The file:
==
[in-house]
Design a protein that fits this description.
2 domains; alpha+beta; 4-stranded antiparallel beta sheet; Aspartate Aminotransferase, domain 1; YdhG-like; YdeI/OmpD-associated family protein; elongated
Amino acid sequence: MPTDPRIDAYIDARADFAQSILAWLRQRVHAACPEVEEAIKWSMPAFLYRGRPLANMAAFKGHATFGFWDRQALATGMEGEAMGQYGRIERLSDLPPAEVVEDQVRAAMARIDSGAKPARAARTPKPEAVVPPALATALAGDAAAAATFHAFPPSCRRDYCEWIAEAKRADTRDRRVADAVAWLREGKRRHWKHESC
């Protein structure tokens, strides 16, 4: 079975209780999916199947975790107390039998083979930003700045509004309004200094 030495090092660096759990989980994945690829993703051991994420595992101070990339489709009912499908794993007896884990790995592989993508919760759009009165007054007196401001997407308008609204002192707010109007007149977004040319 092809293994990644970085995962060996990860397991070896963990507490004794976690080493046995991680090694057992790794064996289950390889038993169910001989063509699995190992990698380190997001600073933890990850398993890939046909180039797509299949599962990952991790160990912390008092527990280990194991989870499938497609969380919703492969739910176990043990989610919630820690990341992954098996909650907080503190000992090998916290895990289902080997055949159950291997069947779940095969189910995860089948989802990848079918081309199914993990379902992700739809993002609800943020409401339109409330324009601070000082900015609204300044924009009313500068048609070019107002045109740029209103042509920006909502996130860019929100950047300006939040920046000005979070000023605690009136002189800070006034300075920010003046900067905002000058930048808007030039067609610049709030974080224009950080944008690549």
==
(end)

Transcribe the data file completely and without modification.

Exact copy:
[in-house]
Design a protein that fits this description.
2 domains; alpha+beta; 4-stranded antiparallel beta sheet; Aspartate Aminotransferase, domain 1; YdhG-like; YdeI/OmpD-associated family protein; elongated
Amino acid sequence: MPTDPRIDAYIDARADFAQSILAWLRQRVHAACPEVEEAIKWSMPAFLYRGRPLANMAAFKGHATFGFWDRQALATGMEGEAMGQYGRIERLSDLPPAEVVEDQVRAAMARIDSGAKPARAARTPKPEAVVPPALATALAGDAAAAATFHAFPPSCRRDYCEWIAEAKRADTRDRRVADAVAWLREGKRRHWKHESC
């Protein structure tokens, strides 16, 4: 079975209780999916199947975790107390039998083979930003700045509004309004200094 030495090092660096759990989980994945690829993703051991994420595992101070990339489709009912499908794993007896884990790995592989993508919760759009009165007054007196401001997407308008609204002192707010109007007149977004040319 092809293994990644970085995962060996990860397991070896963990507490004794976690080493046995991680090694057992790794064996289950390889038993169910001989063509699995190992990698380190997001600073933890990850398993890939046909180039797509299949599962990952991790160990912390008092527990280990194991989870499938497609969380919703492969739910176990043990989610919630820690990341992954098996909650907080503190000992090998916290895990289902080997055949159950291997069947779940095969189910995860089948989802990848079918081309199914993990379902992700739809993002609800943020409401339109409330324009601070000082900015609204300044924009009313500068048609070019107002045109740029209103042509920006909502996130860019929100950047300006939040920046000005979070000023605690009136002189800070006034300075920010003046900067905002000058930048808007030039067609610049709030974080224009950080944008690549």